Cerebellar Grey Matter Volume in Older Persons Is Associated with Worse Cognitive Functioning
The cerebellum is increasingly recognised for its role in modulation of cognition, behaviour, and affect. The present study examined the relation between structural cerebellar damage (grey matter volume (GMV), white matter hyperintensities (WMHs), lacunar infarcts (LIs) and microbleeds (MBs)) and measures of cognitive, psychological (i.e. symptoms of depression and apathy) and general daily functioning in a population of community-dwelling older persons with mild cognitive deficits, but without dementia. In 194 participants of the Discontinuation of Antihypertensive Treatment in Elderly People (DANTE) Study Leiden, the association between cerebellar GMV, WMHs, LIs and MBs and measures of cognitive, psychological and general daily functioning was analysed with linear regression analysis, adjusted for age, sex, education and cerebral volume. Cerebellar GMV was associated with the overall cognition score (standardised beta 0.20 [95% CI, 0.06–0.33]). Specifically, posterior cerebellar GMV was associated with executive function (standardised beta 0.18 [95% CI, 0.03–0.16]). No relation was found between vascular pathology and cognition. Also, no consistent associations were found on the cerebellar GMV and vascular pathology measures and psychological and general daily functioning. In this population of community-dwelling elderly, less posterior cerebellar GMV but not vascular pathology was associated with worse cognitive function, specifically with poorer executive function. No relation was found between cerebellar pathology and psychological and general daily functioning.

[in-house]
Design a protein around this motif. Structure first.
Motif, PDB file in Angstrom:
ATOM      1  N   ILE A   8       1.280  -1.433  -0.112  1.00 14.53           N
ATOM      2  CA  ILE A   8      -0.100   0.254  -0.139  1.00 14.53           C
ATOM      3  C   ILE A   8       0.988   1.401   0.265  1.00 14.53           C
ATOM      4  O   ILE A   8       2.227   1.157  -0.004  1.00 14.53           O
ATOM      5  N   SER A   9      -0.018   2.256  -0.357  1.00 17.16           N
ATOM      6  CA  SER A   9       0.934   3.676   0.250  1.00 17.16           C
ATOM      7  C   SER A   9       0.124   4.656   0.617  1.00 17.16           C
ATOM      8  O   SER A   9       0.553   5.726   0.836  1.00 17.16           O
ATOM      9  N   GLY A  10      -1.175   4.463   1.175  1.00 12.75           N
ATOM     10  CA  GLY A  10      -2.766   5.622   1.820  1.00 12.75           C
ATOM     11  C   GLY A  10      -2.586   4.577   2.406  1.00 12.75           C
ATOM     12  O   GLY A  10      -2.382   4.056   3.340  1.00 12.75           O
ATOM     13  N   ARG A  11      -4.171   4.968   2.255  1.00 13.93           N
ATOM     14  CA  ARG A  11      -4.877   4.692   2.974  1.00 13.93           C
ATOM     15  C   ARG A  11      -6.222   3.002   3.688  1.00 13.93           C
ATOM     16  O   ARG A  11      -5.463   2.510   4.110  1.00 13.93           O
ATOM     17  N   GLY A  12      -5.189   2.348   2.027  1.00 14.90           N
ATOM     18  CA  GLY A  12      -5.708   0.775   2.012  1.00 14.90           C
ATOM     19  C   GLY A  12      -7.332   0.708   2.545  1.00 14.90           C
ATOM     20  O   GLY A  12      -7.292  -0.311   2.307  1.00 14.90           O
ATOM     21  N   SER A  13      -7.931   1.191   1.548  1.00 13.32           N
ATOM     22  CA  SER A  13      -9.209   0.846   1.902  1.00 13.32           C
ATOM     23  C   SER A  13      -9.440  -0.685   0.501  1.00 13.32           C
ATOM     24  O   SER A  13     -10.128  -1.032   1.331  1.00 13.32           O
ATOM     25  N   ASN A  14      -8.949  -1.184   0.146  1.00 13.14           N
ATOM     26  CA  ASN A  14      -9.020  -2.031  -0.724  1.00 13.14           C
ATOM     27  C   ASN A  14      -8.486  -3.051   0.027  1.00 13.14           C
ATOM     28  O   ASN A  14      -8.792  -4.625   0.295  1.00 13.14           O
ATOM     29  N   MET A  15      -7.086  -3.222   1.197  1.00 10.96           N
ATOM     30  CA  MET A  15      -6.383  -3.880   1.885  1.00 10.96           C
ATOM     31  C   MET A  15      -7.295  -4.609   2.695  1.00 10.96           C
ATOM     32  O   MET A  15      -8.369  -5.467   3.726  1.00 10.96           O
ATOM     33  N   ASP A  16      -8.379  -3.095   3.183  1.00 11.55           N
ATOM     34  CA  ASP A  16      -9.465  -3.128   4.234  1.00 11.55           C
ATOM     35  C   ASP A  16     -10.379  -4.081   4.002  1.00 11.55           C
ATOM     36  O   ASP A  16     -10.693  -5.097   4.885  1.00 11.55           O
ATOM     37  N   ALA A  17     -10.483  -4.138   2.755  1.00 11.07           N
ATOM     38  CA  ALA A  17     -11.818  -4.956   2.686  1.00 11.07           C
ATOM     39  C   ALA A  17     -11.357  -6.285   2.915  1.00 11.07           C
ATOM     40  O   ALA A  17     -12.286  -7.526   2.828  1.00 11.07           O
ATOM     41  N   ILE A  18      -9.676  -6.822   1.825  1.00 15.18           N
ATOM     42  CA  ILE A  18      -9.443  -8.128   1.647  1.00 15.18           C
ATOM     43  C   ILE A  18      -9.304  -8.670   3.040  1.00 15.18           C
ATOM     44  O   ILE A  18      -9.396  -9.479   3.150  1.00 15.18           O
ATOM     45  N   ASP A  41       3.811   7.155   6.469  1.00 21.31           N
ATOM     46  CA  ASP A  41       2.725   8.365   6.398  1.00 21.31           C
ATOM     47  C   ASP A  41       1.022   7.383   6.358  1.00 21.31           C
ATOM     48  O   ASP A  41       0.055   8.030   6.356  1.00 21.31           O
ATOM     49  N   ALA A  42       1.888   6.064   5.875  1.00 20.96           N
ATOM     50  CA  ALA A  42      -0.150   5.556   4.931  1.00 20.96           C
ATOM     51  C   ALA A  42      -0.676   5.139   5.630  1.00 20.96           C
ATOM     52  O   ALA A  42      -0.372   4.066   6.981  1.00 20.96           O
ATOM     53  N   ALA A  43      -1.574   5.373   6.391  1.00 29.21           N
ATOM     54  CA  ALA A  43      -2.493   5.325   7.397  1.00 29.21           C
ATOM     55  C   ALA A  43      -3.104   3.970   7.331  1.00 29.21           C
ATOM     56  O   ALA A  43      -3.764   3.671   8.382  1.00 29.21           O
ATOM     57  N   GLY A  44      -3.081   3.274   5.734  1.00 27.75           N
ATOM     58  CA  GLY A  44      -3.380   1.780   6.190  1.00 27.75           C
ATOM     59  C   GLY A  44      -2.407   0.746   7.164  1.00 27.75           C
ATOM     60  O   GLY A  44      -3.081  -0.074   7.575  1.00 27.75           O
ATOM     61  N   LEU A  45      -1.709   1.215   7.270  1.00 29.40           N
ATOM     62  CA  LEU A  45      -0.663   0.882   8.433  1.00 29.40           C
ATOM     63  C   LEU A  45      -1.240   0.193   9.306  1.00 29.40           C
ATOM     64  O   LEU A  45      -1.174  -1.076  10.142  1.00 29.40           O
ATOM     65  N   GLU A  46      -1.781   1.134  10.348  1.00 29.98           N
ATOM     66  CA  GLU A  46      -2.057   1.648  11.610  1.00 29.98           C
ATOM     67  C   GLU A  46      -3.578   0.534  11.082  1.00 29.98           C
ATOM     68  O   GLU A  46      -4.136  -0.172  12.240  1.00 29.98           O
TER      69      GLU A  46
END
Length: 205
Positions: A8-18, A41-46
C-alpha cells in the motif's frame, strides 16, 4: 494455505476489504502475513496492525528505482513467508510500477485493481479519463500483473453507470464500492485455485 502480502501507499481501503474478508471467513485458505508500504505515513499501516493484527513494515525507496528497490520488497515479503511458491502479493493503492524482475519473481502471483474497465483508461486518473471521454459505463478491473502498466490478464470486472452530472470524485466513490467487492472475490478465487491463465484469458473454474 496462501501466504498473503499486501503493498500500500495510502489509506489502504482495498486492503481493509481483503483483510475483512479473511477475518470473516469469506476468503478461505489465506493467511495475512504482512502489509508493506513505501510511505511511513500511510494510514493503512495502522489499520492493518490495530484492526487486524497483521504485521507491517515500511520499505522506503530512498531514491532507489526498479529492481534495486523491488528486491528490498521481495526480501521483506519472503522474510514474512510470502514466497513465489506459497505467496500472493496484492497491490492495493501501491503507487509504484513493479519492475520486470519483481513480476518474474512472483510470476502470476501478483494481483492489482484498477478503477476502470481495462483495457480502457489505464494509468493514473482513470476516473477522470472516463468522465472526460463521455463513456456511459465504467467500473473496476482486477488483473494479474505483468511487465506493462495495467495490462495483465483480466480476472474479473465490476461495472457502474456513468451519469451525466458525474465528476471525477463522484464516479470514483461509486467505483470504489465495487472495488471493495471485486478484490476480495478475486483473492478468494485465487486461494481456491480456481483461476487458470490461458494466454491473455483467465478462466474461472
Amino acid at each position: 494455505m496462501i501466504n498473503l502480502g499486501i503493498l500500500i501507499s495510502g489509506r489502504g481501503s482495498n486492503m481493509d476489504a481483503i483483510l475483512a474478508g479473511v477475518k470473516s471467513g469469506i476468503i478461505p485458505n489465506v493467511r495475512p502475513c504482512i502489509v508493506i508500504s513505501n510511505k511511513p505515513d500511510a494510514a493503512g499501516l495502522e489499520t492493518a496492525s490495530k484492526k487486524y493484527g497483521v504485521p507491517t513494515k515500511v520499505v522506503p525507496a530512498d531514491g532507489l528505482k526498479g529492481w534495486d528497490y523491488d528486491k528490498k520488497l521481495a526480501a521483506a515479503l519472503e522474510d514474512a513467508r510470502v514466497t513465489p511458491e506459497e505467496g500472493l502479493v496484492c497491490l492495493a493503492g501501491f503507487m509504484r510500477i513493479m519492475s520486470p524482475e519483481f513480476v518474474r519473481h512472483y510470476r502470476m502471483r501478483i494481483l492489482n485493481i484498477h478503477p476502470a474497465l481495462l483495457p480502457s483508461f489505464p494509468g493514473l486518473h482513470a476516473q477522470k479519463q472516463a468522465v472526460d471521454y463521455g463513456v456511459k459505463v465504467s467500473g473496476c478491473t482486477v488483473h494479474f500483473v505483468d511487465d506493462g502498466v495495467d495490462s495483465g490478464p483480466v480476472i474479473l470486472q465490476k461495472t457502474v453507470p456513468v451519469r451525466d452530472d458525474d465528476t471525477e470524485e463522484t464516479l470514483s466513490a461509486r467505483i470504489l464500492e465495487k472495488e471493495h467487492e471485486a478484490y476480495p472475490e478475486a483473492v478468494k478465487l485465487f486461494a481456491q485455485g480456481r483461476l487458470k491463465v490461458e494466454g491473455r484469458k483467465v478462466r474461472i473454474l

|Affect, Cerebellum, Cognition, General daily function, Grey matter volume, Vascular|
|Organisation||Department of Neurology|
Buhrmann, A. (A.), Brands, A.M.A. (A. M.A.), van der Grond, J, Schilder, C.M, van der Mast, R.C, Ottenheim, N.R. (N. Rius), … van den Berg, E. (2020). Cerebellar Grey Matter Volume in Older Persons Is Associated with Worse Cognitive Functioning. The Cerebellum. doi:10.1007/s12311-020-01148-0